This study evaluated the prevalence, test pattern, and yield of a 6-year electrophoresis test performed by a tertiary Class A hospital in Jiangsu Province, China. We found that from 2014 to 2019, the absolute number of electrophoretic tests and the percentage of visits to doctors showed an upward trend, which can be explained by doctors' higher awareness of electrophoretic tests. Compared with 2018, the growth rate of serum protein electrophoresis and serum immunofixation electrophoresis is very large in 2019, especially the serum protein electrophoresis increased from 2358 (2018) to 6414 (2019), an increase of 172.0%. This may be related to changes in detection methods and shortened TAT detection time. From November 2018, the number of detections in each batch of serum immunofixation electrophoresis was adjusted from 9 to 15. The average TAT time decreased from 3.6 days to 2.2 days. From May 2019, serum protein electrophoresis uses capillary electrophoresis. From the original 5.5 days to 1.3 days, it can be seen that the timely rate of inspection items can greatly affect the utilization rate of clinicians.

In terms of department distribution, 92.3% of the patients were detected in the two departments of nephrology and hematology (including outpatients and inpatients), but the positive rate was lower than that of other general hospitals shown in the literature. Especially the positive rate of nephrology patients was only 5.2%. This may be because the purpose of IFE testing in nephrology patients is to exclude renal damage caused by plasma cell diseases such as multiple myeloma, and the positive rate itself is not high. However, the positive rate of hematology patients is only 41.1%, which may be related to the detection method of the hospital. Because the TAT time of detecting SPE by agarose gel electrophoresis is longer (5.5 days), it is higher than the TAT time of IFE (3.6 days), Clinicians will use IFE instead of SPE for screening. On the other hand, as the largest general hospital in the province, the hospital receives many referral patients, and the positive rate may be lower than that of the first visit. Statistics show that among the 13211 SIFE patients tested, there were 5748 patients who had previously undergone SPE testing, with a positive rate of 18.4%. No SPE test was performed, and only 7463 cases were detected for SIFE, with a positive rate of 10.7%. The difference between the two was significant. Among them, there were 841 patients with SPE-positive M protein, and the SIFE-positive rate was 86.6%. We believe that the detection of SPE first, combined with clinical symptoms, can effectively exclude some patients with non-plasma cell disease, reduce unnecessary SIFE testing, reduce diagnosis and treatment costs, and improve detection efficiency. For nephrology patients, a quantitative assessment of serum / urine light chain can also be used to make a preliminary assessment of the source of renal injury.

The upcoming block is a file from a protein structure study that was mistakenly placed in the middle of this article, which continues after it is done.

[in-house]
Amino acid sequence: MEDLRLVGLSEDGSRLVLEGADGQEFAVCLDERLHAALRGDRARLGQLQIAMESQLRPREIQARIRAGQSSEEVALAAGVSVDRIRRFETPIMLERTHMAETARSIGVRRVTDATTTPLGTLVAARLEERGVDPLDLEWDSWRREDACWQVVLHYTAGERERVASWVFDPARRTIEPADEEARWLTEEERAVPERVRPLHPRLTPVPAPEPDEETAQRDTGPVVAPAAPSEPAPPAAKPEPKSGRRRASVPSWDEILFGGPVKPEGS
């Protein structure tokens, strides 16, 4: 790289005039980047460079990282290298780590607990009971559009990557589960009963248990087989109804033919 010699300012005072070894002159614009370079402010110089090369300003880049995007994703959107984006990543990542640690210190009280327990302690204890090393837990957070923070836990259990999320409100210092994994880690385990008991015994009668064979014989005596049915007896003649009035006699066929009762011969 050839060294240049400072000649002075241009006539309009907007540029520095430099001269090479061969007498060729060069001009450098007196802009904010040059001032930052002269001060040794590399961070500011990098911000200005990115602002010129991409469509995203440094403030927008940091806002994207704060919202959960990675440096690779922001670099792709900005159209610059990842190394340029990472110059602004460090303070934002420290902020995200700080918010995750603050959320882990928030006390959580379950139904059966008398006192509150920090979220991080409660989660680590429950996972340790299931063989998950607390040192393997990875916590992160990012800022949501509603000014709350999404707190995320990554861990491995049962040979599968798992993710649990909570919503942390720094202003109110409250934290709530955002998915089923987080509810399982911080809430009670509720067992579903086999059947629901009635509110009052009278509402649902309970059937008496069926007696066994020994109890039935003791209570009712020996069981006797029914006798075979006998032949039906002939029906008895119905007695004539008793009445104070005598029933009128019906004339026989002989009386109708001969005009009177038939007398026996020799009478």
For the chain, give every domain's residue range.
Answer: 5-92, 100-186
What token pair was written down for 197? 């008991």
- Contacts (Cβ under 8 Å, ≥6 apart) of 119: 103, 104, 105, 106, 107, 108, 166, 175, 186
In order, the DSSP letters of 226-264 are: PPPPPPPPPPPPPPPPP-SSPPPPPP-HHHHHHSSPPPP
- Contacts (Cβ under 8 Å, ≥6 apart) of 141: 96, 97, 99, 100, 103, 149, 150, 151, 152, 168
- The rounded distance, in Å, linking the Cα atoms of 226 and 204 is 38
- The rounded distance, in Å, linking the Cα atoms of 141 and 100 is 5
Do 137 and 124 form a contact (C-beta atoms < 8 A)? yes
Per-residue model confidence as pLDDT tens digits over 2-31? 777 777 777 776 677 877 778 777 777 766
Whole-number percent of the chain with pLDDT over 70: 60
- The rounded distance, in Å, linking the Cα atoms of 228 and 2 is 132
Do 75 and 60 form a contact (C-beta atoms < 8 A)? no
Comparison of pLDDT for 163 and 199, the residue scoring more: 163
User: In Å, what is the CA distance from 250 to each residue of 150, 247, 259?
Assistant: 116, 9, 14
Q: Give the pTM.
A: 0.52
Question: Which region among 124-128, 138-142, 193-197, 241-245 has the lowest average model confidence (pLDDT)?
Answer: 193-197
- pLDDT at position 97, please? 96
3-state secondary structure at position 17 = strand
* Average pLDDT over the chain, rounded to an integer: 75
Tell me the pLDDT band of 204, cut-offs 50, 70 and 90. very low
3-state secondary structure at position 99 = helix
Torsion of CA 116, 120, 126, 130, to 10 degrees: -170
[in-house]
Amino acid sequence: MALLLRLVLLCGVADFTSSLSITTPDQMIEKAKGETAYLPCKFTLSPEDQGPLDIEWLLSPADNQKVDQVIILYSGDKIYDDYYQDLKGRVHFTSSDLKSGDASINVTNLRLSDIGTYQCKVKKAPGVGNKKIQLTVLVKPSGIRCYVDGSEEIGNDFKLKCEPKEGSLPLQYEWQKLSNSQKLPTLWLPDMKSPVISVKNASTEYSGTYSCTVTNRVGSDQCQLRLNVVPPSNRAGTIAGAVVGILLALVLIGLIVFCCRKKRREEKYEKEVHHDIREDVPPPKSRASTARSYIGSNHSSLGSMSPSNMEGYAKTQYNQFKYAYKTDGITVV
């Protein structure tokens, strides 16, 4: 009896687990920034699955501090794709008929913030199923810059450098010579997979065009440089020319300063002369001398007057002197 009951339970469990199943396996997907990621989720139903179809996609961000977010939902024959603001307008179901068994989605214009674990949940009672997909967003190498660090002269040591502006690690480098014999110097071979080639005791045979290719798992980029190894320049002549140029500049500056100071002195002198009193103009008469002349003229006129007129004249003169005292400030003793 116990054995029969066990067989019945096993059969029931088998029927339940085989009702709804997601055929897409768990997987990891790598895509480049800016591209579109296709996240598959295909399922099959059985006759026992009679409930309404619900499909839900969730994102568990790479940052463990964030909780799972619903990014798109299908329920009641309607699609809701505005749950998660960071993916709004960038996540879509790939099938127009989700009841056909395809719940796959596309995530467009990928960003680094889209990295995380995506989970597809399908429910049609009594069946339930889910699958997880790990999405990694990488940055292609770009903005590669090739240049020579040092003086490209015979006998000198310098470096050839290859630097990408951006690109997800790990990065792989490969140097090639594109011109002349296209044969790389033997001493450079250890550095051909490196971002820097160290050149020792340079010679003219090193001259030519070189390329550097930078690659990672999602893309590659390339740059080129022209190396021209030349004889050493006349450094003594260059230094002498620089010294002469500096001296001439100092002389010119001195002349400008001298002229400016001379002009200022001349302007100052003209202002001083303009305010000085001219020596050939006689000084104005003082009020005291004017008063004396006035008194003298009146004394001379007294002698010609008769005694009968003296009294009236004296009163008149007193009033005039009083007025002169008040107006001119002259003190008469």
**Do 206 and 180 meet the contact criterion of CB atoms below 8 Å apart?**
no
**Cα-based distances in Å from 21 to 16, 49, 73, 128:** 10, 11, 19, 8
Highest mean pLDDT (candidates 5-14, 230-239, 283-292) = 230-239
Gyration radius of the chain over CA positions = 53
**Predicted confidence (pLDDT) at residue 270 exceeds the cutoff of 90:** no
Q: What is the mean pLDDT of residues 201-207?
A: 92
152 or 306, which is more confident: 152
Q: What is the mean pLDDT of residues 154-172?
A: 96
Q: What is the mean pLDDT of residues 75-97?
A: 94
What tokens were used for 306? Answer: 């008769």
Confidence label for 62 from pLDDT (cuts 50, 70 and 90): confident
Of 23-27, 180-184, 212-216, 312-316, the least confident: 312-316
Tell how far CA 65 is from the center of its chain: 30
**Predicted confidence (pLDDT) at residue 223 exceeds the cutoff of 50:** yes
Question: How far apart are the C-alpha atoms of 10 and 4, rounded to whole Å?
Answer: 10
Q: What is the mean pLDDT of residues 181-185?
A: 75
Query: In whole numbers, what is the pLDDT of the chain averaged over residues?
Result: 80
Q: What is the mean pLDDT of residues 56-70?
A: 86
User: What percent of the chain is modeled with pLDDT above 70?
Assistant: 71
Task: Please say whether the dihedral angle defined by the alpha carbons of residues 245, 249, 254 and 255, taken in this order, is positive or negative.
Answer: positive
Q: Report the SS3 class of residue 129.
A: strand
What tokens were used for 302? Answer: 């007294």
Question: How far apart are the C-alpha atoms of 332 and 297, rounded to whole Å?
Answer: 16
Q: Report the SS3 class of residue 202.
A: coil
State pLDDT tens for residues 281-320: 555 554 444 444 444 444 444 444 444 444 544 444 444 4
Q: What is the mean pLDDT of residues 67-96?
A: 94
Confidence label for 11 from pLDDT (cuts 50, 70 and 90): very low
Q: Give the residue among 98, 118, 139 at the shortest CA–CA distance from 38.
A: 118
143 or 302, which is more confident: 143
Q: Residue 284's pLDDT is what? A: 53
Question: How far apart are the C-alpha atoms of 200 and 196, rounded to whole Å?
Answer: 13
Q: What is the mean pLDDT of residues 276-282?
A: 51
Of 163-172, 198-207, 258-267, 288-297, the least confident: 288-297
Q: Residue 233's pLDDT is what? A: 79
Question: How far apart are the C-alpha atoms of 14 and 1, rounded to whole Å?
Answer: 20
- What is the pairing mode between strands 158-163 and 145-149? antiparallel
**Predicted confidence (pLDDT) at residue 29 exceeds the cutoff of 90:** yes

5. Conclusion